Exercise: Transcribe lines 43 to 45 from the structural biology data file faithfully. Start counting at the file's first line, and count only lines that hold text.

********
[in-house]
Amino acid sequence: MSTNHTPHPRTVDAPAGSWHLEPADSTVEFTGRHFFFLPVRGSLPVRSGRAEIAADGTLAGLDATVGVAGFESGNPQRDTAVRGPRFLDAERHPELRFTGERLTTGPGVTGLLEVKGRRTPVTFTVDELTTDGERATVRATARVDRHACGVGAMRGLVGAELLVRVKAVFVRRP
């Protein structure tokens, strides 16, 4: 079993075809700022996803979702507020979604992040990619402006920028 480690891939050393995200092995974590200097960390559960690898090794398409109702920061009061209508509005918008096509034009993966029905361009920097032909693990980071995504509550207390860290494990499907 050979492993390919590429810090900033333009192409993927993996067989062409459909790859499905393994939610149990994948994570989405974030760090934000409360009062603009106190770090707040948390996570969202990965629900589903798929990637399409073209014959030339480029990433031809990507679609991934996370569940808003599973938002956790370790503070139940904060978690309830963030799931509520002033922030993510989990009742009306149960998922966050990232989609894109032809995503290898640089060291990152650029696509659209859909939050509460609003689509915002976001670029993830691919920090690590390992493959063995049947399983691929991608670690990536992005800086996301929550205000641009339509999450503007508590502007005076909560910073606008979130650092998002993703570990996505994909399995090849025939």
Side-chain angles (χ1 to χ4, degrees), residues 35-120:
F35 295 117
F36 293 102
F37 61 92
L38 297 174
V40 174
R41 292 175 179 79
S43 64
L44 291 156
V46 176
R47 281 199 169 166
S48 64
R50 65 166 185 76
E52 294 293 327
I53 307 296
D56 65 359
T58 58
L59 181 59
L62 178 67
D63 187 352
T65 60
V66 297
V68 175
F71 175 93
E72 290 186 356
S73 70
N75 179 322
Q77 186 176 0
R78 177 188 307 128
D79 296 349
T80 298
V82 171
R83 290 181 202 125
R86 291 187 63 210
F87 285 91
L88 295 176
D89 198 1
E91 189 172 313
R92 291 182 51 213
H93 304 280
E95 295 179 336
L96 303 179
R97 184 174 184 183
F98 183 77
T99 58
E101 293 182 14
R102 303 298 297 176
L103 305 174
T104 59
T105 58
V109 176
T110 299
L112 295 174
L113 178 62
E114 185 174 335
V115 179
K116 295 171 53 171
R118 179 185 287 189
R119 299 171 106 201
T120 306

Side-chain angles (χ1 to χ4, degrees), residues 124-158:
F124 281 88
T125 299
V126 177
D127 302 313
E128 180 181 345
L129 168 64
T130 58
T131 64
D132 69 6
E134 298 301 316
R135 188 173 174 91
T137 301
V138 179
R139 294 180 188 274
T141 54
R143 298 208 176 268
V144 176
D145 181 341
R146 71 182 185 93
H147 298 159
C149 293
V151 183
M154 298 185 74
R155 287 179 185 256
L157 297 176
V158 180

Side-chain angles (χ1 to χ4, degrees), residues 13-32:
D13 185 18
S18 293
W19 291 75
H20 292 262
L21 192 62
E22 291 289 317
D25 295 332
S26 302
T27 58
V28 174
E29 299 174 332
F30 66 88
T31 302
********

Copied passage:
H93 304 280
E95 295 179 336
L96 303 179